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Benthic Nitrogen Loss in the Arabian Sea Off Pakistan

Overview of attention for article published in Frontiers in Microbiology, January 2012
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Title
Benthic Nitrogen Loss in the Arabian Sea Off Pakistan
Published in
Frontiers in Microbiology, January 2012
DOI 10.3389/fmicb.2012.00395
Pubmed ID
Authors

Sarah Sokoll, Moritz Holtappels, Phyllis Lam, Gavin Collins, Michael Schlüter, Gaute Lavik, Marcel M. M. Kuypers

Abstract

A pronounced deficit of nitrogen (N) in the oxygen minimum zone (OMZ) of the Arabian Sea suggests the occurrence of heavy N-loss that is commonly attributed to pelagic processes. However, the OMZ water is in direct contact with sediments on three sides of the basin. Contribution from benthic N-loss to the total N-loss in the Arabian Sea remains largely unassessed. In October 2007, we sampled the water column and surface sediments along a transect cross-cutting the Arabian Sea OMZ at the Pakistan continental margin, covering a range of station depths from 360 to 1430 m. Benthic denitrification and anammox rates were determined by using (15)N-stable isotope pairing experiments. Intact core incubations showed declining rates of total benthic N-loss with water depth from 0.55 to 0.18 mmol N m(-2) day(-1). While denitrification rates measured in slurry incubations decreased from 2.73 to 1.46 mmol N m(-2) day(-1) with water depth, anammox rates increased from 0.21 to 0.89 mmol N m(-2) day(-1). Hence, the contribution from anammox to total benthic N-loss increased from 7% at 360 m to 40% at 1430 m. This trend is further supported by the quantification of cd(1)-containing nitrite reductase (nirS), the biomarker functional gene encoding for cytochrome cd(1)-Nir of microorganisms involved in both N-loss processes. Anammox-like nirS genes within the sediments increased in proportion to total nirS gene copies with water depth. Moreover, phylogenetic analyses of NirS revealed different communities of both denitrifying and anammox bacteria between shallow and deep stations. Together, rate measurement and nirS analyses showed that anammox, determined for the first time in the Arabian Sea sediments, is an important benthic N-loss process at the continental margin off Pakistan, especially in the sediments at deeper water depths. Extrapolation from the measured benthic N-loss to all shelf sediments within the basin suggests that benthic N-loss may be responsible for about half of the overall N-loss in the Arabian Sea.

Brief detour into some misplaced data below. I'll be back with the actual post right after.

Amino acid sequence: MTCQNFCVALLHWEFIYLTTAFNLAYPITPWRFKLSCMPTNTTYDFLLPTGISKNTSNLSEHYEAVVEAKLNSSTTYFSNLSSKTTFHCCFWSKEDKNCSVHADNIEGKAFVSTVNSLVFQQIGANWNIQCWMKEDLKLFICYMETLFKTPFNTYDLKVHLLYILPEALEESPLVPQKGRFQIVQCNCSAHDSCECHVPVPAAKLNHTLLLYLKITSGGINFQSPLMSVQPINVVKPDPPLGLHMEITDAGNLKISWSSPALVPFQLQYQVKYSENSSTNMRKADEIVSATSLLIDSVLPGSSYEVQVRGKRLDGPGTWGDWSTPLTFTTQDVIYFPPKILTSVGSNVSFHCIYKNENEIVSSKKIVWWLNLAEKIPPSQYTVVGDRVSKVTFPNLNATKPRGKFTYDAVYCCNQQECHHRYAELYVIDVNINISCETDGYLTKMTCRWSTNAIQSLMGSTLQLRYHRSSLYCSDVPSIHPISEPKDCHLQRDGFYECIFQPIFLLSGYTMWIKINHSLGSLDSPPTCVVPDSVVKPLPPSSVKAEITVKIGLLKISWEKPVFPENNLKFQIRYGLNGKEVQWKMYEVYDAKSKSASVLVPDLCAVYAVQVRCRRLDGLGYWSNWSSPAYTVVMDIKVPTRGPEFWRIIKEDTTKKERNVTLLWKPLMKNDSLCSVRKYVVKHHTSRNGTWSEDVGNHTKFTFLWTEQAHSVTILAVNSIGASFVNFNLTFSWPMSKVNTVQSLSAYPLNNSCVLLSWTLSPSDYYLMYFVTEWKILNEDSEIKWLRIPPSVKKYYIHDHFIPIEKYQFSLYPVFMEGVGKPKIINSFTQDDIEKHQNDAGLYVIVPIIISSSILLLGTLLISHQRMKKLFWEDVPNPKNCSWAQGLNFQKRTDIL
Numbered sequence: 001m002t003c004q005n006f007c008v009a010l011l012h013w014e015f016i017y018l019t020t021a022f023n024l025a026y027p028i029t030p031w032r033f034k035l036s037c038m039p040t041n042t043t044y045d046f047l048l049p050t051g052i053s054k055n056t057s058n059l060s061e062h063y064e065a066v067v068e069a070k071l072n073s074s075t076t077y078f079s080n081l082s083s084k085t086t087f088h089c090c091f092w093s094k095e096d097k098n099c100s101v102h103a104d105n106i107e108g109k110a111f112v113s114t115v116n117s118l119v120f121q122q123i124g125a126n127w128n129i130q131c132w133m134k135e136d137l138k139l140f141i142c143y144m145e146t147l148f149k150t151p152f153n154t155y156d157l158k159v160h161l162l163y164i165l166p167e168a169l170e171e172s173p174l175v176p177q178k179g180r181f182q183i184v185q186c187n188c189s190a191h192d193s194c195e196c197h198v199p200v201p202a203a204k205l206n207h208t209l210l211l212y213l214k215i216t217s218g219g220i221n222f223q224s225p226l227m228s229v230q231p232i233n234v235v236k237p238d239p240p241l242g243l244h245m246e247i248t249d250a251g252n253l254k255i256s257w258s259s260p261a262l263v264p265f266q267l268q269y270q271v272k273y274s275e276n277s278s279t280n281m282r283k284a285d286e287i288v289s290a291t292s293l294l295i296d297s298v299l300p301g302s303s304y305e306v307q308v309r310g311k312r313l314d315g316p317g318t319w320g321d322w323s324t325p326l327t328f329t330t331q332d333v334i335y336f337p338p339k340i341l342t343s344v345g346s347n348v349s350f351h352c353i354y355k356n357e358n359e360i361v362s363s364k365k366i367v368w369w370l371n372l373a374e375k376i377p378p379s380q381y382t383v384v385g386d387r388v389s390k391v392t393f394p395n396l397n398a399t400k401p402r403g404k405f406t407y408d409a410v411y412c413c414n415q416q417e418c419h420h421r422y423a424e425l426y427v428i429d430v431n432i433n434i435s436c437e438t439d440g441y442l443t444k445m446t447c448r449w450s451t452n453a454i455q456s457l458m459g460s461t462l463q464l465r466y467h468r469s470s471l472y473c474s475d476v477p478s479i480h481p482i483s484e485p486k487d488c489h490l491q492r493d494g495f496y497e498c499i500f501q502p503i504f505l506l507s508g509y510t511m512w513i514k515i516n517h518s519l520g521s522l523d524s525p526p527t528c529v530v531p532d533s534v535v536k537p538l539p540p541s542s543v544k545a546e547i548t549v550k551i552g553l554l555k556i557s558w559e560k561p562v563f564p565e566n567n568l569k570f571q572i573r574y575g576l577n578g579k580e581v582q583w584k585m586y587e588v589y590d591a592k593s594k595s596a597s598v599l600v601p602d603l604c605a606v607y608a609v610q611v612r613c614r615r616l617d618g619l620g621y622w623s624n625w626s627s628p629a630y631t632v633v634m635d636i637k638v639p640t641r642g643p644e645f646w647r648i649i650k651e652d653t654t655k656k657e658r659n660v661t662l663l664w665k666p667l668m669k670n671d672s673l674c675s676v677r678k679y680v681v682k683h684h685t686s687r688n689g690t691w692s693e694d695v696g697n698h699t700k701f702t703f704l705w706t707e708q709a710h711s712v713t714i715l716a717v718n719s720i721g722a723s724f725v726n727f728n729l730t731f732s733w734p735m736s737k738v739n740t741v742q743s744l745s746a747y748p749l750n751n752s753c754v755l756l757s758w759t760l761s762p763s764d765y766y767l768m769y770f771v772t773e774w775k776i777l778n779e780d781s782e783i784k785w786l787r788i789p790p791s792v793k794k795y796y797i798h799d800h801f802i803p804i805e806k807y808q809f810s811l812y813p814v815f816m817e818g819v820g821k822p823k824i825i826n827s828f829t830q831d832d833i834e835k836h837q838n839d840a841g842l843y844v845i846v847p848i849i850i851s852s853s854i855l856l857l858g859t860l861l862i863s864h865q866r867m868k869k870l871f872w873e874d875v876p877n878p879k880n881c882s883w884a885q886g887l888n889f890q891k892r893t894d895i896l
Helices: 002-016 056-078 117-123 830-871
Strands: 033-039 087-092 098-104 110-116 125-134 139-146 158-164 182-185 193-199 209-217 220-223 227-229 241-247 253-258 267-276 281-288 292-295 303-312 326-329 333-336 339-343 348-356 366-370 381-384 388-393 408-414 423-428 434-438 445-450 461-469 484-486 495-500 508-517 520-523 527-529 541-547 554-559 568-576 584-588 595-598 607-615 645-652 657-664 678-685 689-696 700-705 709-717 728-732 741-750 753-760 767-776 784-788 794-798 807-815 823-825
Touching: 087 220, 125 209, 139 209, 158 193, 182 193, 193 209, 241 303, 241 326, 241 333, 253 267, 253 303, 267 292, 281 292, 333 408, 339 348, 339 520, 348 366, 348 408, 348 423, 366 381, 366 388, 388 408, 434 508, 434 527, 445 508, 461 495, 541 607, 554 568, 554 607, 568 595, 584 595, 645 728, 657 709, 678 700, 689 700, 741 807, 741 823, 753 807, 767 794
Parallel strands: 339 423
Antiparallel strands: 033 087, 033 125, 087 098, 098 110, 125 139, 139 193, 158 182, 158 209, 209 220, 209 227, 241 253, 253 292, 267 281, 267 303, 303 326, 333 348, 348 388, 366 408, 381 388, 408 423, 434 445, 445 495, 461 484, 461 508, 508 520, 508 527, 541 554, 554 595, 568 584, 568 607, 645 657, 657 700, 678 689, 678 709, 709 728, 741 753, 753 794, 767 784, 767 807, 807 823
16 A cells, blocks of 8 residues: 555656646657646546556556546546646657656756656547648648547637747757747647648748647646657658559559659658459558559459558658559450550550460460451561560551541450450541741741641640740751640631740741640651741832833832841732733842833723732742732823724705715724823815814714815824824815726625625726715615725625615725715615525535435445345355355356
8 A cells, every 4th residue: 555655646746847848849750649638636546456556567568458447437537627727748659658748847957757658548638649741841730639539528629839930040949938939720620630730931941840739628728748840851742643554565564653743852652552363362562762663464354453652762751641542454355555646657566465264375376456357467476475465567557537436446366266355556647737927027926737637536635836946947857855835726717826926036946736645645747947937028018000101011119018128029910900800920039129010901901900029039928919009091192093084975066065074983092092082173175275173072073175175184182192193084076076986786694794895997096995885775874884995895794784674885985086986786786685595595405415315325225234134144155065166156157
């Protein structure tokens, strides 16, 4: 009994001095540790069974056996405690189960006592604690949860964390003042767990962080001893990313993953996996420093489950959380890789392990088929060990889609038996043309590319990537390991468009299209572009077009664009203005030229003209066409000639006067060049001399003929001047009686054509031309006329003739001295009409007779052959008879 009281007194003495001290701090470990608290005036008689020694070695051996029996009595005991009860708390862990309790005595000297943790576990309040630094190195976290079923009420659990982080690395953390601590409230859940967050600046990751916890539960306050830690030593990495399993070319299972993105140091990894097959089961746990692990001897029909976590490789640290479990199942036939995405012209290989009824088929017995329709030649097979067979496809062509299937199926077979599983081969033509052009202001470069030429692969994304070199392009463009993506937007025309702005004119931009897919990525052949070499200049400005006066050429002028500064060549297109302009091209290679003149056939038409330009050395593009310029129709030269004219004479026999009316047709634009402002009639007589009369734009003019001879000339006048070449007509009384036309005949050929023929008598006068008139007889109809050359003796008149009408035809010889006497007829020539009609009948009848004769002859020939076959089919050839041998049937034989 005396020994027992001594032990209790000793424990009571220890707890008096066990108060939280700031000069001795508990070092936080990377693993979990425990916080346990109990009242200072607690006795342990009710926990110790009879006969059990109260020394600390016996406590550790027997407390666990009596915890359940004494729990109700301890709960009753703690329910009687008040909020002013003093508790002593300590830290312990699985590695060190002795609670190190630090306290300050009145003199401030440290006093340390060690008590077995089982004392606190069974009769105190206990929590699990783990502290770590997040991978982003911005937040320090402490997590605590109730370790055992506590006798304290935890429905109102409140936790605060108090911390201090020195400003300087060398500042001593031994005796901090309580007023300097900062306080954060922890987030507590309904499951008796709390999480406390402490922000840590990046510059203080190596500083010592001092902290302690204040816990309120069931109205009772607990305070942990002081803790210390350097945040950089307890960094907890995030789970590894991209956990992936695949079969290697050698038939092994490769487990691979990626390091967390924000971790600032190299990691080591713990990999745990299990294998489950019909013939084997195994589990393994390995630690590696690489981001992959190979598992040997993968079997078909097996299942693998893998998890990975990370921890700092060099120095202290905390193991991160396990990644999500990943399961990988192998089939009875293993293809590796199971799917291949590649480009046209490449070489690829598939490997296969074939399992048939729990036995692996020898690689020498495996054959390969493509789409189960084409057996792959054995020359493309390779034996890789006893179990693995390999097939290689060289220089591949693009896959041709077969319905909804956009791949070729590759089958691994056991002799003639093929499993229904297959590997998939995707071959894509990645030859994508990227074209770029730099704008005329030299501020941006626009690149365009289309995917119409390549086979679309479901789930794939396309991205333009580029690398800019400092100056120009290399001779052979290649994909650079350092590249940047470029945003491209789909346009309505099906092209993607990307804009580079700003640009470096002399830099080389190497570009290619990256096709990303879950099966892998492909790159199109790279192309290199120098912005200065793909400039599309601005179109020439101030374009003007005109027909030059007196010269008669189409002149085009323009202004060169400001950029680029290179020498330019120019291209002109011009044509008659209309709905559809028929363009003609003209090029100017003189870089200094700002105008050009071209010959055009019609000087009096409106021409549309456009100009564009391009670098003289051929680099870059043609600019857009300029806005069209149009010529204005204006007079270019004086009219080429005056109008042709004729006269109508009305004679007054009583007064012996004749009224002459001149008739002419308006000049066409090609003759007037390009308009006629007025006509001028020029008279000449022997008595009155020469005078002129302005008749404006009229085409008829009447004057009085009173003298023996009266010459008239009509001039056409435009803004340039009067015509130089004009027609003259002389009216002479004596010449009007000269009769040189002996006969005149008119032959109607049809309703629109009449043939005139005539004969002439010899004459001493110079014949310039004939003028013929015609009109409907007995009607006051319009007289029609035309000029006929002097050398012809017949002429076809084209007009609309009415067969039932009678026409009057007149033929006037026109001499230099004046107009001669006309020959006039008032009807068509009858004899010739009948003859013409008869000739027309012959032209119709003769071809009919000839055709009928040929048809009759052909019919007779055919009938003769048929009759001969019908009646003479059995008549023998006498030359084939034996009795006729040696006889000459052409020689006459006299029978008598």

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Mendeley readers

The data shown below were compiled from readership statistics for 44 Mendeley readers of this research output. Click here to see the associated Mendeley record.

Geographical breakdown

Country Count As %
Netherlands 1 2%
Unknown 43 98%

Demographic breakdown

Readers by professional status Count As %
Student > Ph. D. Student 14 32%
Student > Master 7 16%
Researcher 6 14%
Other 5 11%
Student > Bachelor 3 7%
Other 7 16%
Unknown 2 5%
Readers by discipline Count As %
Agricultural and Biological Sciences 14 32%
Environmental Science 10 23%
Earth and Planetary Sciences 7 16%
Chemistry 3 7%
Biochemistry, Genetics and Molecular Biology 2 5%
Other 4 9%
Unknown 4 9%

Attention Score in Context

This research output has an Altmetric Attention Score of 1. This is our high-level measure of the quality and quantity of online attention that it has received. This Attention Score, as well as the ranking and number of research outputs shown below, was calculated when the research output was last mentioned on 28 November 2012.
All research outputs
#10,128,252
of 11,410,365 outputs
Outputs from Frontiers in Microbiology
#6,749
of 7,943 outputs
Outputs of similar age
#262,703
of 308,699 outputs
Outputs of similar age from Frontiers in Microbiology
#266
of 351 outputs
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